Here's a Quilt National juror statement from several years back: "Slides that were too dark or those showing backgrounds (such as people or furniture) lost their chance of being considered." Yes, it's amateur hour when somebody holds the quilt up for photography rather than pinning it to a nice clean wall, but what if the quilt was really great? Take off points, sure, but to automatically disqualify it? I don't think that's the proper role of a juror.
How about the show requirement that images have no color correction or cropping? I do agree that it's bad practice to make your quilt square by cropping; the last time I juried a show we were frustrated by not being able to see the edges of the quilt to learn more about construction and finishing. Yet I wonder if jurors really like to see everything that's going on in the margins of the original image, like the ropes suspending the bar from which the quilt hangs or the edge of the gray felt backdrop. (That's the way I sent my images in to Fiberart International last year, because they demanded no cropping at all.)
I don't understand the big deal about color correction. Even though I wouldn't know how to do this if I wanted to, I take the word of others who say that sometimes without color correction the image doesn't properly represent the quilt. As an object lesson, see my post from yesterday about the purple sweater.
But who cares? If a quilt has good design and good workmanship, does it matter whether it's a bluish red or an orangey red? I've often seen entry images where the detail shot differs greatly in
color from the full shot; the jurors may remark on it but it never
stopped us from accepting or rejecting a quilt on its other merits. The quilt shows up and the organizer says "I thought from the photo it was going to be blue, not green" -- so what? Don't tell me the jurors so closely calibrated their choices that a green quilt will ruin their plan.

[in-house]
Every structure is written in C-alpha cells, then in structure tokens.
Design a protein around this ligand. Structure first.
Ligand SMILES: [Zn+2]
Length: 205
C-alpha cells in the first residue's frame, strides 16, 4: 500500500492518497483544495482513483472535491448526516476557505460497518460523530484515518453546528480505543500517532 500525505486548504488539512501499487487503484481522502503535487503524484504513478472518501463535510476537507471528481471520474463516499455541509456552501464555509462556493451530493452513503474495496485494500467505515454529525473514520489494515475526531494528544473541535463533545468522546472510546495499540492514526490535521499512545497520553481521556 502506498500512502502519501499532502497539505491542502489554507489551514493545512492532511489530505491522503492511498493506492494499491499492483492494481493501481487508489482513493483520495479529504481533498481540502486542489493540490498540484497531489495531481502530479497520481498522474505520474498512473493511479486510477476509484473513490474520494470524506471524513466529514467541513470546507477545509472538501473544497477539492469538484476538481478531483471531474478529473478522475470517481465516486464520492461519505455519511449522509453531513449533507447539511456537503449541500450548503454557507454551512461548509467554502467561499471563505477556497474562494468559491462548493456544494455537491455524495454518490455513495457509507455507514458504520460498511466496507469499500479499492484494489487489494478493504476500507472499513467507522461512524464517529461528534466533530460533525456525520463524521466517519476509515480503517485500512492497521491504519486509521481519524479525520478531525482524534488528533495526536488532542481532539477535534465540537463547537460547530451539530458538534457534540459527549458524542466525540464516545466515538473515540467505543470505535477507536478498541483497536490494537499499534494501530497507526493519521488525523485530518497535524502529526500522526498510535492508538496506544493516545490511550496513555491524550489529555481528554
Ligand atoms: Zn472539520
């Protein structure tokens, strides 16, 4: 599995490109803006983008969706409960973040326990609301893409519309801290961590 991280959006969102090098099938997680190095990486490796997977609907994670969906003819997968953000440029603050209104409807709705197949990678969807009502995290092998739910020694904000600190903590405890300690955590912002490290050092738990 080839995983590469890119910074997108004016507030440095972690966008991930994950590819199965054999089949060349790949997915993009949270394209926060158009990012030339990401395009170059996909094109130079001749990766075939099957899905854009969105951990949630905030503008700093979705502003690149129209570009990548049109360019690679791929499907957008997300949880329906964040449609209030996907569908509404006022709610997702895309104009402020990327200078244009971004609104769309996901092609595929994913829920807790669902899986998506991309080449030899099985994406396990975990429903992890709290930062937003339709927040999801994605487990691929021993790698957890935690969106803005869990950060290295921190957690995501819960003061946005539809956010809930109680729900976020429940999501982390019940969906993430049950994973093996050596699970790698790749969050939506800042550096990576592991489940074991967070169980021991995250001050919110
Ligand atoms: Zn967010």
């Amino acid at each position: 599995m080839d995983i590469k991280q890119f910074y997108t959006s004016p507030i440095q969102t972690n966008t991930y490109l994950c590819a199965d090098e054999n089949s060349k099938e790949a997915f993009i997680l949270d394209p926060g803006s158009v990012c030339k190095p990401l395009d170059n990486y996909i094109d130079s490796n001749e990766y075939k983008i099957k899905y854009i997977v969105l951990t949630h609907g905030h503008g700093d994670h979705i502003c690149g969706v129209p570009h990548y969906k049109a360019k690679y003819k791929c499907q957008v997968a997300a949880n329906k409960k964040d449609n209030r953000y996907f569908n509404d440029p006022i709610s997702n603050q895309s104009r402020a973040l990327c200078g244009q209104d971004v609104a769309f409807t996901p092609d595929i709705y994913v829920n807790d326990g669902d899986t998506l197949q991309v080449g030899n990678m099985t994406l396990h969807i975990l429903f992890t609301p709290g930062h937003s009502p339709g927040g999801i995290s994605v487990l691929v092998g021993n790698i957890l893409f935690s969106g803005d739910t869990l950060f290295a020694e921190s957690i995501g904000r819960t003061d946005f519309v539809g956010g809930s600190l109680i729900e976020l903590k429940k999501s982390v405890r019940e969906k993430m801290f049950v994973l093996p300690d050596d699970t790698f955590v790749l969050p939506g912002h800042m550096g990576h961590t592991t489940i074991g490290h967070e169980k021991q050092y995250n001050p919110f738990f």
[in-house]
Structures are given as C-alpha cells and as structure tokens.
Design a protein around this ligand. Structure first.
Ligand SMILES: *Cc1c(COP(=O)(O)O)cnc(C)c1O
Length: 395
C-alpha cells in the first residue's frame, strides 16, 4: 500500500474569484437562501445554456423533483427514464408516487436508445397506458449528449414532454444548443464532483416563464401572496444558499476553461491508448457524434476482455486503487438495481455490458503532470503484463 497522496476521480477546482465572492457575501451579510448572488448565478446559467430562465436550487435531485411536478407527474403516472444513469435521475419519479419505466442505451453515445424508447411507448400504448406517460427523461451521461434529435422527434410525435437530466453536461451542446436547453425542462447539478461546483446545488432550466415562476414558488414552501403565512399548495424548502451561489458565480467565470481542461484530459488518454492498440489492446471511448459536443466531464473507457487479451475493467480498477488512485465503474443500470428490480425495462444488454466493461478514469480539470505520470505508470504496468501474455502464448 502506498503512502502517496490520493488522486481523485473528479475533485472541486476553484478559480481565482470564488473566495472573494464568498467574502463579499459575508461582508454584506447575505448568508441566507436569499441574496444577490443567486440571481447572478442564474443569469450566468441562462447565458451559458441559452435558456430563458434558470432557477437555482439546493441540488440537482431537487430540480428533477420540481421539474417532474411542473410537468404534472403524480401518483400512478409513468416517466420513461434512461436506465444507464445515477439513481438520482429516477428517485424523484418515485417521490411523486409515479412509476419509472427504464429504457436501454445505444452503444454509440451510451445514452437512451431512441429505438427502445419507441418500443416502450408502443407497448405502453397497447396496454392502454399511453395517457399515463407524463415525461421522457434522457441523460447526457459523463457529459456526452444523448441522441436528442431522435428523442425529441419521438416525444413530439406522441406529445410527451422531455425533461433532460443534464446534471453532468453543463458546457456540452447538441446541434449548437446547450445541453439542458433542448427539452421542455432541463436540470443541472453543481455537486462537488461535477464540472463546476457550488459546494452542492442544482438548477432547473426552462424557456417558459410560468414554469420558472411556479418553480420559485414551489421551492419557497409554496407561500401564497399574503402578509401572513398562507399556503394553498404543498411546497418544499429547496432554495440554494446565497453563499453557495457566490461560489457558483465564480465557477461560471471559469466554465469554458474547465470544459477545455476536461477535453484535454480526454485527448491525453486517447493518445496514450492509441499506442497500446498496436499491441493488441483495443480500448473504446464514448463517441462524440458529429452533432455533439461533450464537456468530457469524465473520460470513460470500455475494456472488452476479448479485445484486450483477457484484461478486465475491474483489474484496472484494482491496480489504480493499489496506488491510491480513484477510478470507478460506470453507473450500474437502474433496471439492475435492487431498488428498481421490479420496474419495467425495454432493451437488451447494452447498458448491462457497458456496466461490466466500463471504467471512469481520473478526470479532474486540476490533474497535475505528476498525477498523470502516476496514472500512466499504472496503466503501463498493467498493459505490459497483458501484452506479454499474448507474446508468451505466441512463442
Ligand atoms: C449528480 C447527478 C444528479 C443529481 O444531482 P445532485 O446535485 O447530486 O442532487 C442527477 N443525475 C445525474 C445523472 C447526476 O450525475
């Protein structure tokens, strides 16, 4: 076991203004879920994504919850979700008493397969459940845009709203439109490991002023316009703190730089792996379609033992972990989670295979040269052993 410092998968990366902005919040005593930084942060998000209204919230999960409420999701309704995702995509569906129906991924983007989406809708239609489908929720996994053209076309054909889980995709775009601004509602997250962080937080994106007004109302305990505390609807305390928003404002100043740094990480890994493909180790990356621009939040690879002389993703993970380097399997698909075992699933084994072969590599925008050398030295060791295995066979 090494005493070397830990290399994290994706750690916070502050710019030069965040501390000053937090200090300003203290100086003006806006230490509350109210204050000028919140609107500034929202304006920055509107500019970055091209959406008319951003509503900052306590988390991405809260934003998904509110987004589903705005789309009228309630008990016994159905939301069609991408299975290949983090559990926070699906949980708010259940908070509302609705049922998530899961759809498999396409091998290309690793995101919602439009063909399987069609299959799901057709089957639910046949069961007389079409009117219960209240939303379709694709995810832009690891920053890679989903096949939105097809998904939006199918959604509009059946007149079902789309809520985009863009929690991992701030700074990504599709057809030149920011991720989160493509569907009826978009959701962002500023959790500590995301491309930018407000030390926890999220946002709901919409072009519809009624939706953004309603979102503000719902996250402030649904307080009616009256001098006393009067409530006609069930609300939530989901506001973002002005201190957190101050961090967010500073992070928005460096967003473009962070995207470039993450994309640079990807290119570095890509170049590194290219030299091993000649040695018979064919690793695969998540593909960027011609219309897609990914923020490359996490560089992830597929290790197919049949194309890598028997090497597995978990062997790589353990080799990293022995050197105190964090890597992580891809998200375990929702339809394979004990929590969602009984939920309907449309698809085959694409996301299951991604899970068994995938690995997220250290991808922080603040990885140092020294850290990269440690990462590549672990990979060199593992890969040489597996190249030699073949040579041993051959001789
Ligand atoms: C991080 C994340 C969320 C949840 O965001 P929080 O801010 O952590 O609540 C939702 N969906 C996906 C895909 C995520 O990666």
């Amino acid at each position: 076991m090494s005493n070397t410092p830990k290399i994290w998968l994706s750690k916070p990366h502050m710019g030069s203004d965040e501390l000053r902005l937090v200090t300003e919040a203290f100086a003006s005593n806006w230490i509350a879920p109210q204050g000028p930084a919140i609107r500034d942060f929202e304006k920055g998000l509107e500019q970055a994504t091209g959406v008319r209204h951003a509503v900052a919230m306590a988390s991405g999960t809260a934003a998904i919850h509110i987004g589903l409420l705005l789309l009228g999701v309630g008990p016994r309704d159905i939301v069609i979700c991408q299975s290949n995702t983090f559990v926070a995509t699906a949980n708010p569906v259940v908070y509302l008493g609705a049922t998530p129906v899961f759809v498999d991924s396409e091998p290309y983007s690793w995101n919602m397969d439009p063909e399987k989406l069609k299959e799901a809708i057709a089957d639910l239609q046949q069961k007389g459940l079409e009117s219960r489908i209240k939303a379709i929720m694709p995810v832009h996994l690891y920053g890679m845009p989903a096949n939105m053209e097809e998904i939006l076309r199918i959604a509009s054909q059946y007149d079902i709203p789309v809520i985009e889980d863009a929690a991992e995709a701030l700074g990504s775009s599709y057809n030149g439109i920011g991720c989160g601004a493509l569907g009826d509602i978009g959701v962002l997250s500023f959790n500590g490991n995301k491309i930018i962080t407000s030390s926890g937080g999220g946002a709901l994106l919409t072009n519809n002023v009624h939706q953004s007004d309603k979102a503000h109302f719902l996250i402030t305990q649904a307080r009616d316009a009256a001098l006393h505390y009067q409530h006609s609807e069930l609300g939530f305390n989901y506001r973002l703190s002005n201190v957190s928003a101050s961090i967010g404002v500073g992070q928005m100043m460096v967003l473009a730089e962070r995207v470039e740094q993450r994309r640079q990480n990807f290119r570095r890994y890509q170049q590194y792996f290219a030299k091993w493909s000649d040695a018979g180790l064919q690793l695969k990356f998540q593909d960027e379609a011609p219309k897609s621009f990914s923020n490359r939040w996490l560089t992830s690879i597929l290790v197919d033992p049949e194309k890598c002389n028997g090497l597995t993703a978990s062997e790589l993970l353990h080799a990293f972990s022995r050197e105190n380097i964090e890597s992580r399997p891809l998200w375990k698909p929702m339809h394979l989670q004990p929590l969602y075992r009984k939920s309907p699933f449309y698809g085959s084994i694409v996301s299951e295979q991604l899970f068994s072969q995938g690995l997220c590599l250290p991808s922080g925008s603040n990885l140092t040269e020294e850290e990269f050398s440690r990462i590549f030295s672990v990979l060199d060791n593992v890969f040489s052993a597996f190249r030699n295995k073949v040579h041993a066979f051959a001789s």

And finally, the requirement that images be submitted in two different resolutions, one "for jury" and one "for print." This might be for two reasons -- the show wants to use the higher-quality images either to print a catalog or to provide to publications for coverage of the show. Fine, but why not request images from the people who are accepted instead of from everybody? It's just like requesting artist statements from all entrants, even though the statements will never be seen by the jurors, because they'll eventually be needed for the catalog or the wall labels. Or like requiring you to send in not just your CD of
images but a printout of color thumbnails. Since the thumbnails are
labeled with your name, you know that's not used for jurying, but
presumably is a help for the people who are going to hang the show.
Translated into English, these requirements mean "our time is more valuable than your time, so race around and give us something we probably won't use just so we don't have to ask you for it after you're accepted."
Quilt National can get away with it, because they're number one. But can other shows afford to annoy their potential entrants with unreasonable demands? Maybe artists should vote with their feet -- and follow up with a letter to the organizers saying "I'm choosing not to enter your show because I don't have a color printer and it was just too much hassle to get my friend to print out these stupid thumbnails that you won't need till next year even if I'm accepted." Hey, maybe it's not too late to send that letter to that show I didn't enter last spring for precisely that reason.